While I was doing my A-levels, I did have a job, as a picker in a warehouse about 5 miles away again. By public transport, this journey would now take 90 minutes. At the minimum wage, this would pay my equivalent in 2020 a total of £18.20 for a four-hour shift, although getting there and back adds another three hours. Most of the time, I was able to get a lift there and back. I didn’t need to work when I became an undergraduate student, however: I was lucky to have fees paid by the local authority, and a maintenance grant that covered all my outgoings. To tell the truth, working as an undergraduate wasn’t allowed by the university.
Finally, we get to that regional jobs market and policy. Simply, I had to move to London to get anywhere near the kind of work I wanted: Stoke had and still has low-skilled, low-wage jobs, and enough unemployed people to make it stay that way. When I left university, I had less than £10 to my name. No inheritances or other financial help could come my way, obviously, so I could neither stay at my mum’s house, or afford anywhere else. I sofa surfed, like so many do, until I could afford rent. Indeed, every Christmas I’ve seen 20, 30, 40-something friends talking of ‘going home’, that is, taking themselves, their partner and maybe their kids to stay with the parents/ grandparents: I’ve never done that, as the ex-council house my mum lives in has no spare room. Thus, opportunity is hugely structured by these regional as well as individual inequalities. Parents with money can invest in their children’s futures, lending them some to get a foothold in the big city. Families living in big cities can provide a base for their children to do a first job or an internship. This continues later in life too: the long-term wage inequalities mean those who have earned enough to buy a home in somewhere like Stoke can never sell up and move to London to take up a new job. The houses in the street I grew up in were compulsory purchased for £55k each in the late 2000s, when the UK average was around £175k. Even the new, better built, houses are valued at only £100k now, the equivalent of a third of a one-bed flat in London.**
At least now the low paid jobs are less likely to kill people, however. One of the long-term consequences of industrial economies is a whole load of older people with work-related health problems. For the generation before, my grandparents’, it usually meant paying in for pensions that were never cashed in, as they died before 65, after some time off work for ill health. Pottery workers suffer from silicosis and deafness. While the health budgets are higher (per head) to reflect this, it also means a long-term lower total income for the city, as there are still plenty who are economically inactive before their time.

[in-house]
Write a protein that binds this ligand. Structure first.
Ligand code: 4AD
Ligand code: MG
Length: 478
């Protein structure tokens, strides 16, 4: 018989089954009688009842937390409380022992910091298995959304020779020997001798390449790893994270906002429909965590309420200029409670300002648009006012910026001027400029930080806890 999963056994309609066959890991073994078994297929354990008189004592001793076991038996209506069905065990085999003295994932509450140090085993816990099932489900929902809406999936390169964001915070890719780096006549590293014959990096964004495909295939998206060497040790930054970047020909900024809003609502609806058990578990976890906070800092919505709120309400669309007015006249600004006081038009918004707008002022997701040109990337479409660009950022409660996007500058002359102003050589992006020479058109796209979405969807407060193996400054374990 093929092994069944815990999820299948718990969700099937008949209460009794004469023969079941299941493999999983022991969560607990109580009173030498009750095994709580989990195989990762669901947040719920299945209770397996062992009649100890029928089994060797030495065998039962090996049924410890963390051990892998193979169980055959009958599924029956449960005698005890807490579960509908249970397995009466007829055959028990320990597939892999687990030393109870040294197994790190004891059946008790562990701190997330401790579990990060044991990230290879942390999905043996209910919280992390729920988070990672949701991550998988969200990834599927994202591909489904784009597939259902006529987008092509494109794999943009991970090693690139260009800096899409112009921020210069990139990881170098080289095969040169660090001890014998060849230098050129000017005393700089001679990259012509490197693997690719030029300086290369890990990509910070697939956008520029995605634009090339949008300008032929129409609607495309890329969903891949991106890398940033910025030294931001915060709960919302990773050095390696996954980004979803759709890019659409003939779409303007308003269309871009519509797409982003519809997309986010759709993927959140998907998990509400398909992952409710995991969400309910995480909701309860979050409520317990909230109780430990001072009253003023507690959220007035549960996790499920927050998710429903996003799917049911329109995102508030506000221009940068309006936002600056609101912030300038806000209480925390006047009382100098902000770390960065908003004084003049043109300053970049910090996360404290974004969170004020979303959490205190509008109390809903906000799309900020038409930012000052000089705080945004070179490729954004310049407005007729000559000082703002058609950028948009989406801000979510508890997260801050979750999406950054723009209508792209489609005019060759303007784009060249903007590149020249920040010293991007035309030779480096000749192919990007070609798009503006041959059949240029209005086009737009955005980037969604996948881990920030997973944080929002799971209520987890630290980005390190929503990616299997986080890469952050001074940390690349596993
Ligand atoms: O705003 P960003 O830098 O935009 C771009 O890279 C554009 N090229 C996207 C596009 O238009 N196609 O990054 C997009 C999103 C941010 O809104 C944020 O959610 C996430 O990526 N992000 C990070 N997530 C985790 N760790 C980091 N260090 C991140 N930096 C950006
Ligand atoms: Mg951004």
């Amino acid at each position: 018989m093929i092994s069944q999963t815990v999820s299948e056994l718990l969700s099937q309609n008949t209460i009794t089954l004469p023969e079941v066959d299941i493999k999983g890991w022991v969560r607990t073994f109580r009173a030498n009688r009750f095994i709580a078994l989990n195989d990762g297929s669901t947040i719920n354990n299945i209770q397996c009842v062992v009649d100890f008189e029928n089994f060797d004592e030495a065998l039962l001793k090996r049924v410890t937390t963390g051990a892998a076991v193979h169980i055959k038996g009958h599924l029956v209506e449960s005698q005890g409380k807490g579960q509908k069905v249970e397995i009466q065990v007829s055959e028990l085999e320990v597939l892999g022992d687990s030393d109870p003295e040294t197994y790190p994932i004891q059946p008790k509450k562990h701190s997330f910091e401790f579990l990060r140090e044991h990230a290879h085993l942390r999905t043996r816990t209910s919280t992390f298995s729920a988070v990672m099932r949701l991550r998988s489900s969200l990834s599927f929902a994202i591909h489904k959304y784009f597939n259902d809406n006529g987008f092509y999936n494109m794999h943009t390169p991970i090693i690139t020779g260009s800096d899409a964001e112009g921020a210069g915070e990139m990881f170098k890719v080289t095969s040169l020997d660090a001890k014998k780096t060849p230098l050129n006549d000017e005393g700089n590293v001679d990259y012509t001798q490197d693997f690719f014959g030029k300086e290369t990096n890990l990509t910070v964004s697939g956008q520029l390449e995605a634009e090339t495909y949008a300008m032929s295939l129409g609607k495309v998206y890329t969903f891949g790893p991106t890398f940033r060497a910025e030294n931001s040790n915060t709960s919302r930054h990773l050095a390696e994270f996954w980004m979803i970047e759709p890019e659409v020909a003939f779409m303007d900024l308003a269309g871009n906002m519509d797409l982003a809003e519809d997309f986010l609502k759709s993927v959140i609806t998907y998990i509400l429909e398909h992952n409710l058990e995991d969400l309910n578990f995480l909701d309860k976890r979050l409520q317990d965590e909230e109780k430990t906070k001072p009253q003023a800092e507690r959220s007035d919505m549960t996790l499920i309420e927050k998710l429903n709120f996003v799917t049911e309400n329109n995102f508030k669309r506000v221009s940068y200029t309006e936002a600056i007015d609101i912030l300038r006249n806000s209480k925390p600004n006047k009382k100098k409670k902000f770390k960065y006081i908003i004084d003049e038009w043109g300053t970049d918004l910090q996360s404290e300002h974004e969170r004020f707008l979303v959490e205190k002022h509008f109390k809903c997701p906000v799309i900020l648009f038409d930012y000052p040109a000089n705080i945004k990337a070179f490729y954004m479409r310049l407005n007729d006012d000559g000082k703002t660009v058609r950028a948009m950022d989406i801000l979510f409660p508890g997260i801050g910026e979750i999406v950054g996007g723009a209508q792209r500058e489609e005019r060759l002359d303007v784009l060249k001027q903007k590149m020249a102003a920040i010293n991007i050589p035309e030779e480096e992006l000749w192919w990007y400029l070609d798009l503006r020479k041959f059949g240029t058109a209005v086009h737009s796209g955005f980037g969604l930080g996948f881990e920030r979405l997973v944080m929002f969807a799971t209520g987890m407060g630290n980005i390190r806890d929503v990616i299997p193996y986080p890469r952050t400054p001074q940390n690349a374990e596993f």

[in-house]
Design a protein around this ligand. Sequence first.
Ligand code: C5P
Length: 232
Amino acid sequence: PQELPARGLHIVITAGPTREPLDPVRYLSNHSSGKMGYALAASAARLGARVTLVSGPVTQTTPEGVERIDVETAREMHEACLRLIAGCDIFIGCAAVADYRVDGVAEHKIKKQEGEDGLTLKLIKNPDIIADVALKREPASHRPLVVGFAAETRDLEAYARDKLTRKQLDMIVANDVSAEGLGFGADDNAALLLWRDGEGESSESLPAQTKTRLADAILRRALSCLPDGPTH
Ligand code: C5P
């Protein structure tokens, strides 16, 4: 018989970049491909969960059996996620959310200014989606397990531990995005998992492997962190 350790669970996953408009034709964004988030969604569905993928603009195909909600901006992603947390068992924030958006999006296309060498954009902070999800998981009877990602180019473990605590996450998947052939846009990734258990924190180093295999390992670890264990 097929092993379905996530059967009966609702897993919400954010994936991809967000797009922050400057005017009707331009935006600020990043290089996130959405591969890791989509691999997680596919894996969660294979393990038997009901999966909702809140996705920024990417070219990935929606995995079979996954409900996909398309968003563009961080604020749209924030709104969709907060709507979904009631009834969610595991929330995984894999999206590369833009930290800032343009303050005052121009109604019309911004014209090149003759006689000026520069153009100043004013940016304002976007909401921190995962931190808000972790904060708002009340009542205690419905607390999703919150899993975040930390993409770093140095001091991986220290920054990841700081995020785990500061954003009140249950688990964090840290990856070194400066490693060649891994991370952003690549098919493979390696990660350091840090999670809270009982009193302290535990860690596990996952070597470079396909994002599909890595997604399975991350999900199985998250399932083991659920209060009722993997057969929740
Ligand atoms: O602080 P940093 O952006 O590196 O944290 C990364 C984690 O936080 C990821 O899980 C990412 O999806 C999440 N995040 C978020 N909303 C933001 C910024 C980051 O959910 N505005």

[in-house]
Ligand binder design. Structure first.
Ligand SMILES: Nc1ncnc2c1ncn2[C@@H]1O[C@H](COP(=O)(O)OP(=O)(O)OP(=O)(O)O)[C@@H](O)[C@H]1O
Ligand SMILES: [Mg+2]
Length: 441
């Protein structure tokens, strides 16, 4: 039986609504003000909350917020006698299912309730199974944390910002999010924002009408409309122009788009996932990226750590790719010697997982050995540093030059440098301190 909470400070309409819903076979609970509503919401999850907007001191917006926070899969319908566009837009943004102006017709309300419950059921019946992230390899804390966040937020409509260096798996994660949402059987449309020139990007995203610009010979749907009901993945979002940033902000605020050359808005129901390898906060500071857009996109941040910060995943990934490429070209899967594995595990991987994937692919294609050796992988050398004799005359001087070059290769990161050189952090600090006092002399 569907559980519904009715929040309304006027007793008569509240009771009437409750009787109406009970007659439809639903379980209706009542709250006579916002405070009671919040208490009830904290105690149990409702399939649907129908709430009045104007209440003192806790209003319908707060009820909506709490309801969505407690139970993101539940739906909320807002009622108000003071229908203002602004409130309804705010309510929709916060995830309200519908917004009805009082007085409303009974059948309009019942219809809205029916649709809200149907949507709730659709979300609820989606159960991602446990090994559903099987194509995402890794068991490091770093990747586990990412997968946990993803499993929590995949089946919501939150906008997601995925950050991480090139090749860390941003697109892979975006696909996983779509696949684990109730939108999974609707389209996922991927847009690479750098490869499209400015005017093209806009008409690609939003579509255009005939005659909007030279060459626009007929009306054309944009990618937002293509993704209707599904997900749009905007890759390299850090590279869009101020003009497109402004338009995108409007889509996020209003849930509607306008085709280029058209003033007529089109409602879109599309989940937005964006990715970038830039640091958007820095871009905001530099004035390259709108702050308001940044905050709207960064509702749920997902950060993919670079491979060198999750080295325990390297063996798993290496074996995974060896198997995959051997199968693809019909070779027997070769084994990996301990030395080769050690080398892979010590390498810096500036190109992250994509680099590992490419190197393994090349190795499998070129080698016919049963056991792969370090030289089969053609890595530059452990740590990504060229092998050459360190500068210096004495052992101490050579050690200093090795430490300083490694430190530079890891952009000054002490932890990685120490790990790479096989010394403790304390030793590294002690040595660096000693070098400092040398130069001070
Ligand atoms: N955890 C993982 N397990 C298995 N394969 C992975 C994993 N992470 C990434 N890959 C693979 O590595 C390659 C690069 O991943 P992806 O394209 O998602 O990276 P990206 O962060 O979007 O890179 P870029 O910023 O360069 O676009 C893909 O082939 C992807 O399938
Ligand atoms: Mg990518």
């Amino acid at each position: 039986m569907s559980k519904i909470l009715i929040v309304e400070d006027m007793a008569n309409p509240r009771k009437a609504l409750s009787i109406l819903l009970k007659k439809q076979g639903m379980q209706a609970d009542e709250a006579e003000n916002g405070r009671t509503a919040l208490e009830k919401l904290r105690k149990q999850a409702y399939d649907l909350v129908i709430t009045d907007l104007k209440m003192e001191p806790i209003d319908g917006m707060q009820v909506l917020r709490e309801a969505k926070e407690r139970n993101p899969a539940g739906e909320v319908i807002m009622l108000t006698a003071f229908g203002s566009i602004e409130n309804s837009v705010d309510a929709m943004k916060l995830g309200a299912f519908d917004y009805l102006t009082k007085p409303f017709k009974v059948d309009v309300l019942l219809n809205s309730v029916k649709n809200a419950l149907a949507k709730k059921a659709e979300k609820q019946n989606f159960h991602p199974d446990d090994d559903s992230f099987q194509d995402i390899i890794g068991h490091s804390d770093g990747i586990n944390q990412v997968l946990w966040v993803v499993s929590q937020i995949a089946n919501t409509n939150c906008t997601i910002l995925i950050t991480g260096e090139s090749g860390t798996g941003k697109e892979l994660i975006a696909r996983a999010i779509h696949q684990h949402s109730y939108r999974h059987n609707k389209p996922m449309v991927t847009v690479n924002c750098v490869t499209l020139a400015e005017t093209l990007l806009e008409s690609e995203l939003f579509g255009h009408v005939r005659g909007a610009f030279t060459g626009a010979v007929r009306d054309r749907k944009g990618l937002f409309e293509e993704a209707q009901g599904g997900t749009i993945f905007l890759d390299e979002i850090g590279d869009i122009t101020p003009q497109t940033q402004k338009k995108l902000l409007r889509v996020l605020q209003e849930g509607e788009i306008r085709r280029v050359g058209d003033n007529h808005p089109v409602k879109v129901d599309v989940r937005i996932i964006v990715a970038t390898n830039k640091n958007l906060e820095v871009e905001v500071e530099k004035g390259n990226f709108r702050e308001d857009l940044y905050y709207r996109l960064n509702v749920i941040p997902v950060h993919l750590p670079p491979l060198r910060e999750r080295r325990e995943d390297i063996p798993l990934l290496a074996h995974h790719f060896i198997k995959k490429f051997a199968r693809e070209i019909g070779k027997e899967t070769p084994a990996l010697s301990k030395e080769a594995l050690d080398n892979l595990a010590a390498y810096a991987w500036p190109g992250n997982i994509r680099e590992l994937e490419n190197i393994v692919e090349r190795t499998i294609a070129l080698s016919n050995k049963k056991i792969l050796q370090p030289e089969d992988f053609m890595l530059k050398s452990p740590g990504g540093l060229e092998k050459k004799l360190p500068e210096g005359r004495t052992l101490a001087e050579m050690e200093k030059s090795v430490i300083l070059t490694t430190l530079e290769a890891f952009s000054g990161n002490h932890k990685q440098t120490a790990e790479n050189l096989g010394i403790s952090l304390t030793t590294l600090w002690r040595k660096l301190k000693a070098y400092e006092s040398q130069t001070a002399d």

How, then, can ‘levelling up’ make an impact on inequalities that are decades or centuries in the making? The government seems to suggest that revitalising economies will be enough, with new businesses providing some better paid job opportunities. This isn’t going to move any traditional industries from one city to another, however. It won’t do anything about schools, local communities and infrastructures, wealth and assets, health or cultures. Shifting huge amounts of funding to education systems, re-building public transport, increasing the minimum wage, funding local authorities, providing financial resources to those at the bottom is all needed. Moving government departments will start a process, but this kind of levelling up will require decades of unravelling deep inequalities. It will mean the government’s core support will be worse off in the long run, as there’s no way that everyone can be in the top half of the income scale. I’m willing to wager it doesn’t really happen.
*Luckily, I didn’t. At the time, there was a scheme to send those who did well in entrance exams, but with low incomes, to fee-paying schools. My mum, who left school at 16 but went to the Open University after having children, pushed me educationally, and by the time I was 12 she became a maths teacher at the same place. My class position at that time is best described as ‘uncertain’: by some measures, I’d definitely be working class, and middle class by others, but in a working-class family. As an adult, I’m definitely middle class, while my parents are not.
**It’s also completely bizarre that the band A council tax bill for a £80k house on a council estate in Stoke is the same as the bill for a £350k band B rated flat in Kensington and Chelsea.